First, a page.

Part 2: What Chris Heuertz Learned from Years Living with Mother Teresa

Yesterday in Part 1 I gave an overview of Chris Heuertz’s (his Facebook and Twitter) new book, Unexpected Gifts. Chris has been kind enough to answer a few questions about some of the key portions (at least in my mind) of his book. Today’s question is about his experience moving to India, having Mother Teresa as a mentor for three years, and starting a home with Mother Teresa for dying children in India.

Andrew: I know a number of really great Christian folks who have gone on mission trips to Kolkata, India and stayed with Mother Teresa for a few days, a week, or a few weeks at most. And they have stories to last a lifetime. You moved to India and over the course of a few years met frequently with Mother Teresa. In fact, I understand you helped start what is known today as the first pediatric HIV/AIDS home in South Asia. Can you explore some of the more prominent themes Mother Teresa left you during your years of direct relationship and discipleship with her in the midst of so much poverty and death?

Chris: “I had the great privilege to sit with Mother Teresa a dozen times or so before she died. In meetings with her, she would frequently remind me, “We need the poor more than the poor need us.” That conviction has shaped the culture of her own community, the Missionaries of Charity, who deliberately create opportunities for every volunteer arriving at the convent to minister alongside those who are poor and dying.

I was a college student when she first explained to me that I needed people who were poor in my life. Only after countless hours of working in the House for the Dying did I begin to understand what Mother Teresa meant. It challenged my assumptions about mission and my assumptions about who were donors and who were recipients.

This has fundamentally shaped how I’ve attempted to live my vocation, focusing this primarily around friendship. Without the prophetic presence of friends who are poor in our serving and worshipping communities, how can we work out our salvation with fear and trembling? Friends are God’s gifts to us, and without them we are incomplete. And I have to say, Mother modeled this for many of us in those early years as we formed our community—however busy she seemed, whenever any of us were in town she would do what she could to make time for a visit.”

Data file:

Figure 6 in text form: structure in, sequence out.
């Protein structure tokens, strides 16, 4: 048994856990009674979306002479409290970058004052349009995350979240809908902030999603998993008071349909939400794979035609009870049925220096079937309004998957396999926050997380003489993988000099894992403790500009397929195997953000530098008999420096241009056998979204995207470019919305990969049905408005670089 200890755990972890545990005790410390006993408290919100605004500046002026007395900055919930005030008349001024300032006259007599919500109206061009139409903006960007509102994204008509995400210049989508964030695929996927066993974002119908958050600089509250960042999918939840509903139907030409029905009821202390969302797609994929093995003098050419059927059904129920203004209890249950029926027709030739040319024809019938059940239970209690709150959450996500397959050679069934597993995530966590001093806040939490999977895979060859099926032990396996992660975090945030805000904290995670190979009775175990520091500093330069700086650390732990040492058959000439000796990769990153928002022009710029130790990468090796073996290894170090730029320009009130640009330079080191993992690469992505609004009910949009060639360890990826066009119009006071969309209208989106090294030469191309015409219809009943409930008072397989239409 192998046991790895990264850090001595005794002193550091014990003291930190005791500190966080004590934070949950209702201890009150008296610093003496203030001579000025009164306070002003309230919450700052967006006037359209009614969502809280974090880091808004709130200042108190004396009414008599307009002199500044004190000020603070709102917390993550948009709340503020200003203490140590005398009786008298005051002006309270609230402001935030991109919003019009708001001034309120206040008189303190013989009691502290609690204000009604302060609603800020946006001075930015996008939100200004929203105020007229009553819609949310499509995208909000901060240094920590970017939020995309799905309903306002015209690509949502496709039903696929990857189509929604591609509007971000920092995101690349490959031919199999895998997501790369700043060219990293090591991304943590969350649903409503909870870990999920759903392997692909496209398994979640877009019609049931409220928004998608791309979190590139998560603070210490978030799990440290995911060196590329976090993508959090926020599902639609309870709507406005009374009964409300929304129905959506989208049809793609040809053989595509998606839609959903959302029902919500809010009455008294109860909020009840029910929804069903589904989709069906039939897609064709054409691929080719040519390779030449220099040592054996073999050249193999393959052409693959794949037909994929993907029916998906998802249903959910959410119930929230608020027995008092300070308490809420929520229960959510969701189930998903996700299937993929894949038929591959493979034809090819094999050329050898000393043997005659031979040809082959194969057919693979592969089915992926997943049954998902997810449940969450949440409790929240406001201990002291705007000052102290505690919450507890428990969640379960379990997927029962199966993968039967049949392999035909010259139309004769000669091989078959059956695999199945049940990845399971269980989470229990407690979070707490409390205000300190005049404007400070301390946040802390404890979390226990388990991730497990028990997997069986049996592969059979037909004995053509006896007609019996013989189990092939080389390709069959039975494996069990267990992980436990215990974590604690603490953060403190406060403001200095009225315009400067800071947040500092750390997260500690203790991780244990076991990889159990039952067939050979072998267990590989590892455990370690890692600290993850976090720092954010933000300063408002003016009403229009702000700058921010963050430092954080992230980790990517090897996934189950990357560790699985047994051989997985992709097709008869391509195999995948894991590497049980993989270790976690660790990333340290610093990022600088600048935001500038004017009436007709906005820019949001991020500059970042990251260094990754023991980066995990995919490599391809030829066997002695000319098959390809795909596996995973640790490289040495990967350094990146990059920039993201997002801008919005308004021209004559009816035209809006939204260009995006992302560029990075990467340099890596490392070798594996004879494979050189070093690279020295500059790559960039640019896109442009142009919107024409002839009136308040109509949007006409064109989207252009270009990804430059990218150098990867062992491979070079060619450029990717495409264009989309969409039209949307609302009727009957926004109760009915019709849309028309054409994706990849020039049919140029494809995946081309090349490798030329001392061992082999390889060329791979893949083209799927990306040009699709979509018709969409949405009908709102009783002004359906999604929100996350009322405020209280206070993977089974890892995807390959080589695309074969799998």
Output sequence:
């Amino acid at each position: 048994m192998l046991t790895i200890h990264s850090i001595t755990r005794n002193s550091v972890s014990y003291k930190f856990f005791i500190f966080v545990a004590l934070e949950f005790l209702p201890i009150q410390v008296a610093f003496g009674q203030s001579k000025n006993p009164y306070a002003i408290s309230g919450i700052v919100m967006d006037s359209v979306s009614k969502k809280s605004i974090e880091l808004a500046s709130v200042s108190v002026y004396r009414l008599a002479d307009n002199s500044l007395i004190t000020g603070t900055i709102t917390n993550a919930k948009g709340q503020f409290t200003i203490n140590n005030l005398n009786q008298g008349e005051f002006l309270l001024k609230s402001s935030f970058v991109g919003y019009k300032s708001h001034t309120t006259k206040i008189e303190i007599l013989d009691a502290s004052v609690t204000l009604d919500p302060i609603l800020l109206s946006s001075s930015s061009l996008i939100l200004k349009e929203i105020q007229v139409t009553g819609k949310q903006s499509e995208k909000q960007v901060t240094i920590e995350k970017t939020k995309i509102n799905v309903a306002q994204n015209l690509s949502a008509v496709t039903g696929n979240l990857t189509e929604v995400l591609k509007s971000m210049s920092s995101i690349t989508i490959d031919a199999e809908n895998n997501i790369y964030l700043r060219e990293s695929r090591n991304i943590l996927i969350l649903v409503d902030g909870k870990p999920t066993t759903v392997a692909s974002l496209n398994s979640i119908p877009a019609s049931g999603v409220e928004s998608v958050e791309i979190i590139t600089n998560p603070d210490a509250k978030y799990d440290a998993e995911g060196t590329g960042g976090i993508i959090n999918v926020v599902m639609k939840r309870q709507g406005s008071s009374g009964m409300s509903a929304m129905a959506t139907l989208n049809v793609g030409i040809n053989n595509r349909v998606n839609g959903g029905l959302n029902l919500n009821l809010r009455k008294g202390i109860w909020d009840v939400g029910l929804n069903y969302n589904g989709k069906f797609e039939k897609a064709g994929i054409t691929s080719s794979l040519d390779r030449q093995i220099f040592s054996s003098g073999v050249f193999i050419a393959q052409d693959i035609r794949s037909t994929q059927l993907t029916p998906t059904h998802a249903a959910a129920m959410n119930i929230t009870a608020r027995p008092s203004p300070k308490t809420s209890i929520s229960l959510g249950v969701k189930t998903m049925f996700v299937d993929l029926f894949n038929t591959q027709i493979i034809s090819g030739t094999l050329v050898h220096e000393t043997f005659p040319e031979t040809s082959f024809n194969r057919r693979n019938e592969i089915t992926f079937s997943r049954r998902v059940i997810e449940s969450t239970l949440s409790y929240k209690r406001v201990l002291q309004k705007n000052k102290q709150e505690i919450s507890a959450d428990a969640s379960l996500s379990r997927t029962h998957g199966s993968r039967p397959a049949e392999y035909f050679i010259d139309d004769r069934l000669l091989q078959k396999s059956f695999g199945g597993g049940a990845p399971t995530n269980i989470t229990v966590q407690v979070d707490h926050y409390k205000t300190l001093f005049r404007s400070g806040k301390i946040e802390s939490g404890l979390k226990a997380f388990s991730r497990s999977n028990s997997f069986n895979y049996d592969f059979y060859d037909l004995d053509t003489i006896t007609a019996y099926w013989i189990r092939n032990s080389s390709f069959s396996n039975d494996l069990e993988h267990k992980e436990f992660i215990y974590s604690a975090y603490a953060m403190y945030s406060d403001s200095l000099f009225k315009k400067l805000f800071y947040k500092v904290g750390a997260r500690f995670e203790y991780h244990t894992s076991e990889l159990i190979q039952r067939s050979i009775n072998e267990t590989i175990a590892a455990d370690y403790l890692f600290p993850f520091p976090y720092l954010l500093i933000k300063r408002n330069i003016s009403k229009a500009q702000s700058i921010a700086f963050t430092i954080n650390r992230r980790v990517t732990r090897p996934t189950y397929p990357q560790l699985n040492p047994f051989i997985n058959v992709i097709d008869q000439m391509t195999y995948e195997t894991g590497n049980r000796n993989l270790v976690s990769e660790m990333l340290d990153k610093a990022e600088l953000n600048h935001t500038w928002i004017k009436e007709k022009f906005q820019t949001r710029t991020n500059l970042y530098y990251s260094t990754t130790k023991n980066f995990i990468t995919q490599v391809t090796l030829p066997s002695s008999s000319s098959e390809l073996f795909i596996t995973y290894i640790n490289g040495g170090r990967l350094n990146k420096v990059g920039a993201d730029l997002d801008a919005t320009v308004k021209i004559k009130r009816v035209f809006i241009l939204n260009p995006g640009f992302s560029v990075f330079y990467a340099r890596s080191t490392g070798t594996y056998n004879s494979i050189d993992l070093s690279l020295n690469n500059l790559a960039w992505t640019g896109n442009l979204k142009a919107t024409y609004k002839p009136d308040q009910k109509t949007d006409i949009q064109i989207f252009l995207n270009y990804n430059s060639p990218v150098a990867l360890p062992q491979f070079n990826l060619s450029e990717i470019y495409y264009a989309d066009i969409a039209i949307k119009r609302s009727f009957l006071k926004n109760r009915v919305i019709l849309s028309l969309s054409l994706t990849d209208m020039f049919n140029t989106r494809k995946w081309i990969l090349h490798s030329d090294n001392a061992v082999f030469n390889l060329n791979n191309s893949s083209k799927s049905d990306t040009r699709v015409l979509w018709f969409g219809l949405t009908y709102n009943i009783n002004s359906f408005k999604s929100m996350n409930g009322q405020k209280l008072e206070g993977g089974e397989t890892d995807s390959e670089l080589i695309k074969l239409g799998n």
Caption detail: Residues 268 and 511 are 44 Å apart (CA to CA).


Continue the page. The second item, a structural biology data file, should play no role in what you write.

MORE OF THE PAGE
Much love.

About Andrew Marin

Andrew Marin is President and Founder of The Marin Foundation ( He is author of the award winning book Love Is an Orientation (2009), its interactive DVD curriculum (2011), and recently an academic ebook titled Our Last Option: How a New Approach to Civility can Save the Public Square (2013). Andrew is a regular contributor to a variety of media outlets and frequently lectures at universities around the world. Since 2010 Andrew has been asked by the United Nations to advise their various agencies on issues of bridging opposing worldviews, civic engagement, and theological aspects of reconciliation. For twelve years he lived in the LGBT Boystown neighborhood of Chicago, and is currently based St. Andrews, Scotland, where he is teaching and researching at the University of St. Andrews earning his PhD in Constructive Theology with a focus on the Theology of Culture. Andrew's research centers on the cultural, political, and religious dynamics of reconciliation. Andrew is married to Brenda, and you can find him elsewhere on Twitter (@Andrew_Marin), Facebook (AndrewMarin01), and Instagram (@andrewmarin1).